-  Photo courtesy of  State Farm  via flickr.com

Photo courtesy of State Farm via flickr.com

A recent study comparing vehicles with and without rear automatic emergency braking (AEB) found that vehicles equipped with the technology had 28% fewer property damage liability claims and 10% fewer collision claims, according to the Highway Loss Data Institute (HLDI).

Rear AEB was the standout feature in HLDI’s annual compilation of its research on the impact of crash avoidance technologies, an updated analysis from the Highway Loss Data Institute (HLDI) shows. Collision insurance covers damage to the insured driver’s vehicle, while property damage liability insurance covers damage to the other vehicle involved in a crash when the insured driver is at fault.

“We haven’t seen that kind of reduction in claims for vehicle and other property damage from any other advanced driver assistance system,” said HLDI Senior Vice President Matt Moore.

However, the impact of rear AEB on injury crashes was relatively small, which makes sense based on the type of crashes the technology is designed to avoid, the study found.

“Backing crashes generally happen at lower speeds than front-to-rear crashes,” Moore said. “That means they’re less dangerous, but the costs from vehicle damage can add up.”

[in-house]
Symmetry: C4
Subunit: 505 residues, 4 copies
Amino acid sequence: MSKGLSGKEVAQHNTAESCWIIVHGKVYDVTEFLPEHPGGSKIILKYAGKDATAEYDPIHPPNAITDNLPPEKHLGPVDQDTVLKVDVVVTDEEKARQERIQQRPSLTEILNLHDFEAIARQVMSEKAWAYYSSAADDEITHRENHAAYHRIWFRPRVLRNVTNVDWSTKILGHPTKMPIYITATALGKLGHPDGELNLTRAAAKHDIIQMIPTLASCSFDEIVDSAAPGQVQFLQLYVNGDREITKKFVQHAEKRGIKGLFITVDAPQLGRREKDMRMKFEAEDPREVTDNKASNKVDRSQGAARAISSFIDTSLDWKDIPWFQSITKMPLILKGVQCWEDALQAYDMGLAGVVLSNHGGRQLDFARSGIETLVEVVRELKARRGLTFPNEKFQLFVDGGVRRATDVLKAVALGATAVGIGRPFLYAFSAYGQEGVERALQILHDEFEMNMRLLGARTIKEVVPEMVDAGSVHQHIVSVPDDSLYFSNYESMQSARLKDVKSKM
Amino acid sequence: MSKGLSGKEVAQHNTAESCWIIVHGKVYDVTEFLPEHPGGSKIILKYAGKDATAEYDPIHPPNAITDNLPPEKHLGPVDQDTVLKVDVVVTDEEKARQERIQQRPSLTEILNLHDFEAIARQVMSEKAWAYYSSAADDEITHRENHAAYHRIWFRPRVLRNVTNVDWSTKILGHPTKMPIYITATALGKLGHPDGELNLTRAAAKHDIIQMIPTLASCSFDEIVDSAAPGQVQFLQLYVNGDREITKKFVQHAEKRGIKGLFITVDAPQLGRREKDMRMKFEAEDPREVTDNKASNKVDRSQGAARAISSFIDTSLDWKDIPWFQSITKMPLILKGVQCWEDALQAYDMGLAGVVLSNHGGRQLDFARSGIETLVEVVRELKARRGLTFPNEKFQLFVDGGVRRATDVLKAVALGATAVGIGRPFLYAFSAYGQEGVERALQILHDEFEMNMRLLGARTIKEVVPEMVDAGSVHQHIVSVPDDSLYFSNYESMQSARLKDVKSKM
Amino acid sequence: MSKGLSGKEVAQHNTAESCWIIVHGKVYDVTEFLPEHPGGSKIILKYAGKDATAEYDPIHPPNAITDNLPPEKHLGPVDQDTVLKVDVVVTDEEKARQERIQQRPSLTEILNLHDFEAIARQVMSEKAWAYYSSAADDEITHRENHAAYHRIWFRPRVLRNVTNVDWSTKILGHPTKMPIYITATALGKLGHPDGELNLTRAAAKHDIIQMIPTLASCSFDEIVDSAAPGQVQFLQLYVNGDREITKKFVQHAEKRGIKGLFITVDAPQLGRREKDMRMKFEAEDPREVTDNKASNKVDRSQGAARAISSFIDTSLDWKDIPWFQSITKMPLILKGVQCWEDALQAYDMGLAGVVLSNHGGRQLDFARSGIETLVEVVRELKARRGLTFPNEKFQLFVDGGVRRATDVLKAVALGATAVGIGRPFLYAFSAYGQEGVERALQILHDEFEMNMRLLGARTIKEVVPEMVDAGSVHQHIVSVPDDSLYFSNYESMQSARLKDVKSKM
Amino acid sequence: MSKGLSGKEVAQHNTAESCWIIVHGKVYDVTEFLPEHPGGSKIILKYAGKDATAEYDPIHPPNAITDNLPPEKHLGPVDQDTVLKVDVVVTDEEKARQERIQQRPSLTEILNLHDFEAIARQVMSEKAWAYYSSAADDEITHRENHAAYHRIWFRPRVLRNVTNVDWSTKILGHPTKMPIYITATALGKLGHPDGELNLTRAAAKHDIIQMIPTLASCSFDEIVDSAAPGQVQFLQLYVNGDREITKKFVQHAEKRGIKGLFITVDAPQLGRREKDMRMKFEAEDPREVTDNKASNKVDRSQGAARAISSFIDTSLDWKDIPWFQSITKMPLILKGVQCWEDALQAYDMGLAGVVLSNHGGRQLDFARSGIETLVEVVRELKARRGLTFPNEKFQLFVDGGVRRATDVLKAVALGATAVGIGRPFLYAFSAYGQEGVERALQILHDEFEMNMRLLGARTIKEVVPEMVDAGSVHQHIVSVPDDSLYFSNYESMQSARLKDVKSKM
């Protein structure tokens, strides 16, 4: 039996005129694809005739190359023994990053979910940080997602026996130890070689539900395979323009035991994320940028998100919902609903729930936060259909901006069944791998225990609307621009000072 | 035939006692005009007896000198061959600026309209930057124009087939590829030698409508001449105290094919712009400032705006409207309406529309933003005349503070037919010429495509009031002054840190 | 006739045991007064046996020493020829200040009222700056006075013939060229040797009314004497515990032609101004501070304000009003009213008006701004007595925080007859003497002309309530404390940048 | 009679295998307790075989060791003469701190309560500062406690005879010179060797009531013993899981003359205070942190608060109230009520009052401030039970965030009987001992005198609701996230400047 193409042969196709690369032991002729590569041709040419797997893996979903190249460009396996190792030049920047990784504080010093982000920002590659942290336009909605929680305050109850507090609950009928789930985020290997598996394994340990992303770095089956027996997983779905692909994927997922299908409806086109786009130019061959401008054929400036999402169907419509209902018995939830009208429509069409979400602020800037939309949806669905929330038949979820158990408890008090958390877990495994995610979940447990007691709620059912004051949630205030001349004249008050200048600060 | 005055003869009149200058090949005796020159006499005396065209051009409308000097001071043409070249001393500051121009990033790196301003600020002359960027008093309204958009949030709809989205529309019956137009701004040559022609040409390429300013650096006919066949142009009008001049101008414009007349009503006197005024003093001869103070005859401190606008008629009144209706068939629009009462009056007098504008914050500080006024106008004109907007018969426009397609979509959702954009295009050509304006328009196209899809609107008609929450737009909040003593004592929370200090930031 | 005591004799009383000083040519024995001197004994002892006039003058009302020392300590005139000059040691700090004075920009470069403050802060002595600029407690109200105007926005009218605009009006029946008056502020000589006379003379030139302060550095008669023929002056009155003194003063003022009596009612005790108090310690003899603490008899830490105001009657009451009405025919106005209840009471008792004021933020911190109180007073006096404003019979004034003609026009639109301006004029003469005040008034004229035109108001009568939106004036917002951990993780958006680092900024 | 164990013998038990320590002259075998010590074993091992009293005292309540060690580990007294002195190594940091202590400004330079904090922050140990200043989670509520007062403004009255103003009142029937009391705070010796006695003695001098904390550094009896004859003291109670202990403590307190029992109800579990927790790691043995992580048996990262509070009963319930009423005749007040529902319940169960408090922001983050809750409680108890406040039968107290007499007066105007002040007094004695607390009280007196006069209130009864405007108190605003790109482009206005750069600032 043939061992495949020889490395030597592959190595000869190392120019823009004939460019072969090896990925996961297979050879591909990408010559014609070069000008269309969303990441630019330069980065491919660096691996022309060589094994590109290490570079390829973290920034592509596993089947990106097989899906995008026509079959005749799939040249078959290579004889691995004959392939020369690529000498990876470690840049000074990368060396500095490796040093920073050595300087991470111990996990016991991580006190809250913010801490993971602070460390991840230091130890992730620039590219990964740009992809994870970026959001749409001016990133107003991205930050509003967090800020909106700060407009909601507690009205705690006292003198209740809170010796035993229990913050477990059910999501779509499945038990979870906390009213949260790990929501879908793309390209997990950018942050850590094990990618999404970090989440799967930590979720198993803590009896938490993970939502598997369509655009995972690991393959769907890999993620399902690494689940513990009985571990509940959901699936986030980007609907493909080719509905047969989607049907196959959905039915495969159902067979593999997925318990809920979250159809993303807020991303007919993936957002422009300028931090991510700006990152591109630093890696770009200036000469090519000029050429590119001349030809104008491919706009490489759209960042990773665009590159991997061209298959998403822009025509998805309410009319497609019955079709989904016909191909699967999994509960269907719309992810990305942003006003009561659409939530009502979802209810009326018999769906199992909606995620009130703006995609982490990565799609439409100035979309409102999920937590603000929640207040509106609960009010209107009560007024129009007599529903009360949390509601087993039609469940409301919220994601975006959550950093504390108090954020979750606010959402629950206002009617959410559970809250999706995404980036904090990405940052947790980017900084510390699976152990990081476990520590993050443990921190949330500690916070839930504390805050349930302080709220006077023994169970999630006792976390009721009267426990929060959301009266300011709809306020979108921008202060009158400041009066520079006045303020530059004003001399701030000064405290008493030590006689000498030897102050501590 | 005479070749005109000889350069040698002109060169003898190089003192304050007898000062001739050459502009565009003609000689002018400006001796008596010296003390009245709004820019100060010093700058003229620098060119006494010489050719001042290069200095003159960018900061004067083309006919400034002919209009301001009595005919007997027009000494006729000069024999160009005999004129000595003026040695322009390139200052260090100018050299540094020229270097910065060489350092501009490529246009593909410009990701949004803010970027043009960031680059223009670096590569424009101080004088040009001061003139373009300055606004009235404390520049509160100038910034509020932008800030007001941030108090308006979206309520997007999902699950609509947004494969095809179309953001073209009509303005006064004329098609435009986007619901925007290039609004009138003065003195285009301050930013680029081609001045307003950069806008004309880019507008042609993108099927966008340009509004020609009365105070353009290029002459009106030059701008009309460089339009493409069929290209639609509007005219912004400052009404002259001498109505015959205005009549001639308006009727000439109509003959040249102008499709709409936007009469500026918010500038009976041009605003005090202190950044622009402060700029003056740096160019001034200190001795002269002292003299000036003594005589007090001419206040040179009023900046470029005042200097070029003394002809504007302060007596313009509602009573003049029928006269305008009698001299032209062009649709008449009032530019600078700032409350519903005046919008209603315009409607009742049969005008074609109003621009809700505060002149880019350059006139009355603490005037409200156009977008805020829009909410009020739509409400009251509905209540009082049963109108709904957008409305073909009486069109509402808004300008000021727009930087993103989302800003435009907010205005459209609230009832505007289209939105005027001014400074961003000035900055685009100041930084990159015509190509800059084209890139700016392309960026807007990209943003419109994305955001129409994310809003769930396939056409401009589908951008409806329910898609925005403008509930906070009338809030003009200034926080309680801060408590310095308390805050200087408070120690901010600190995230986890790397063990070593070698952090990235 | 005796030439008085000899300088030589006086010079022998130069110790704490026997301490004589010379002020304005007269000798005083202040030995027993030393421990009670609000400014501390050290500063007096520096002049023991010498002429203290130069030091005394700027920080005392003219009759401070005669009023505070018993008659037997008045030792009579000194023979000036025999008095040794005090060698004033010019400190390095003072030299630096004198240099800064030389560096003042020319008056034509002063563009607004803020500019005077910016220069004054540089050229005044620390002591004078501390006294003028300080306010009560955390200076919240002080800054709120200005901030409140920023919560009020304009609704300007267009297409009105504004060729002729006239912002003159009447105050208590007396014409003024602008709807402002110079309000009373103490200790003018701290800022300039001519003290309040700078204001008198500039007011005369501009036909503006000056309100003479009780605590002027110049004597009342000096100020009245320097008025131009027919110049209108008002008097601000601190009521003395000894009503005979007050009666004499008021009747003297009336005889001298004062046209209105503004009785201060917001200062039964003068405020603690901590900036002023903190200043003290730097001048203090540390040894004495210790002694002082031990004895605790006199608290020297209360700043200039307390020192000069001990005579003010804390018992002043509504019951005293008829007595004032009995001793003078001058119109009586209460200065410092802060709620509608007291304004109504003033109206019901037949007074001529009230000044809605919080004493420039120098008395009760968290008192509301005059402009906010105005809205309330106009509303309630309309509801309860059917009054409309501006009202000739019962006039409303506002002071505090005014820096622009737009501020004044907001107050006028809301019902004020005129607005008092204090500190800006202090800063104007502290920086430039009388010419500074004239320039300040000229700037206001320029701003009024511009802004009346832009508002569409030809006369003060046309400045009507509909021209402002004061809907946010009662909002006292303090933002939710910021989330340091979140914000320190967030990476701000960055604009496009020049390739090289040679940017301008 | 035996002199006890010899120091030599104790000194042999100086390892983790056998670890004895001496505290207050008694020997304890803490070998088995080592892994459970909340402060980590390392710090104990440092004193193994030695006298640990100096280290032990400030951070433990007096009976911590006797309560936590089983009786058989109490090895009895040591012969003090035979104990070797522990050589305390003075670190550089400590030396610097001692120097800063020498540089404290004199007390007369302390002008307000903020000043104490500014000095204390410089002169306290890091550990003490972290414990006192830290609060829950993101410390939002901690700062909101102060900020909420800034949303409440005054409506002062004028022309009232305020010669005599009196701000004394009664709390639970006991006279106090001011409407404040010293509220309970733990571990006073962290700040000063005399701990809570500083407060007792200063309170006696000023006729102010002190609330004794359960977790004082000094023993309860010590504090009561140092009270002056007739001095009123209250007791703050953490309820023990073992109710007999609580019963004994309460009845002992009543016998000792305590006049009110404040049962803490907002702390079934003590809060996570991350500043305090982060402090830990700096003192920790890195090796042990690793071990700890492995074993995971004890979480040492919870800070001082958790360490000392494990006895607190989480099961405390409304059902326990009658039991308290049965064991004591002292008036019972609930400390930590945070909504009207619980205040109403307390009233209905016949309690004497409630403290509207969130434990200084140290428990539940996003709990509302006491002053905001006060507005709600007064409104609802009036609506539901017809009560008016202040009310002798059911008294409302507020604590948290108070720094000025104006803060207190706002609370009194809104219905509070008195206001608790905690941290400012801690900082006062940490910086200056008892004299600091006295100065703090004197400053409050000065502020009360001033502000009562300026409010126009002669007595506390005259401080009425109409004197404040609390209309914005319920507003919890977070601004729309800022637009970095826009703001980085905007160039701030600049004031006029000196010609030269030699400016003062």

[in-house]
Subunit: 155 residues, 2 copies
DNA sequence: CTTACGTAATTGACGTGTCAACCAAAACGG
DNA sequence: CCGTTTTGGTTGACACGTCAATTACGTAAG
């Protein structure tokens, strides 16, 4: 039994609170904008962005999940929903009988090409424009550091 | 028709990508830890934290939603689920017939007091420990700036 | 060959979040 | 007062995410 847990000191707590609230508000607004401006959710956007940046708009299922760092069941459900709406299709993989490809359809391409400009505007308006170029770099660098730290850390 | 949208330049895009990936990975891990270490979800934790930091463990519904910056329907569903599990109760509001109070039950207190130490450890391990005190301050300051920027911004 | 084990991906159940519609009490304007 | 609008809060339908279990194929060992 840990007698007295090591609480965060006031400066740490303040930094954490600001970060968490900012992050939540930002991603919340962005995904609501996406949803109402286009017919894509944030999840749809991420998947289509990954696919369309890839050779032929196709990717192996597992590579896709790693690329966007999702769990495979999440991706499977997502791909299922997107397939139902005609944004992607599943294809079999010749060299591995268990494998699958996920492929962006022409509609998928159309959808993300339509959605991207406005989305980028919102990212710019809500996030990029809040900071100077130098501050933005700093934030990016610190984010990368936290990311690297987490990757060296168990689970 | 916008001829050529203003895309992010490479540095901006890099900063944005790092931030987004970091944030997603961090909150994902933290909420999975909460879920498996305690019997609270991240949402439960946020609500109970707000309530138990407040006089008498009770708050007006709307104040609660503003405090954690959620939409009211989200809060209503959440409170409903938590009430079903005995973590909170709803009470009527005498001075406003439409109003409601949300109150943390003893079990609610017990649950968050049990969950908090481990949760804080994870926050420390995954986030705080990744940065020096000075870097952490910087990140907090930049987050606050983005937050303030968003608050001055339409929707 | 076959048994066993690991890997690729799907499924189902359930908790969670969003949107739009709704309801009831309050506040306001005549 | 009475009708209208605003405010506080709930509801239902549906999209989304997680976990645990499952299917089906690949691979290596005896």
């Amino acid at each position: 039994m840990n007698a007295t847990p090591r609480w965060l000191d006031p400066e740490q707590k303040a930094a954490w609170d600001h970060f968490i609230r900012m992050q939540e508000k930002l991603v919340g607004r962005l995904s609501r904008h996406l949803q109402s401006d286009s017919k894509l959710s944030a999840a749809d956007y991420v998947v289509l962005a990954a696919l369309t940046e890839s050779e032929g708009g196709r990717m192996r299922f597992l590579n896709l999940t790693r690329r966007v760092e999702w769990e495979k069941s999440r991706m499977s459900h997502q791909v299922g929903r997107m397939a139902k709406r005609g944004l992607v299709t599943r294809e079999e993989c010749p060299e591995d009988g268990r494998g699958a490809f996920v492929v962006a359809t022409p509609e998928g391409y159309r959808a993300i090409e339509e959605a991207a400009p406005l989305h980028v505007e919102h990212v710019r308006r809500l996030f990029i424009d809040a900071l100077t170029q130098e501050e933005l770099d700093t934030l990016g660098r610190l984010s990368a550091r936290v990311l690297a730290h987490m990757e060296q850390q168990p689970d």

Low-speed backing crashes represent a substantial portion of insurance claims, an HLDI study found. Collision claims with rear damage of less than $2,000 accounted for 17% of all collision claims and over $8 billion in estimated damage during calendar years 2010 to 2017.

In comparison, HLDI has found that front AEB reduces the frequency of collision claims by 3% and property damage liability claims by 14%. However, it slashes the frequency of bodily injury liability claims, which are for injuries that at-fault drivers inflict on occupants of other vehicles or others on the road, by nearly 25%.

Both front and rear AEB use sensors like cameras or radar to detect when the vehicle is getting too close to an obstacle and automatically apply the brakes to avoid or mitigate collisions.

HLDI also found that two other features designed to prevent backing crashes, parking sensors and rear cameras, which are both more common than rear AEB, were much less effective. Data from seven other manufacturers showed that rear cameras reduced the frequency of property damage liability claims by 5%. Parking sensors also reduced the frequency of property damage liability claims by 5%.

“Claims data show that collision avoidance technologies that automatically intervene to prevent or mitigate crashes are more effective than warning-based systems,” said Moore, noting that forward collision warning is also associated with smaller claims reductions than front AEB.

Aside from rear AEB, front AEB and forward-collision warning are the only stand-alone driver assistance features analyzed by HLDI that show double-digit percent reductions in claim frequency under any type of coverage. 

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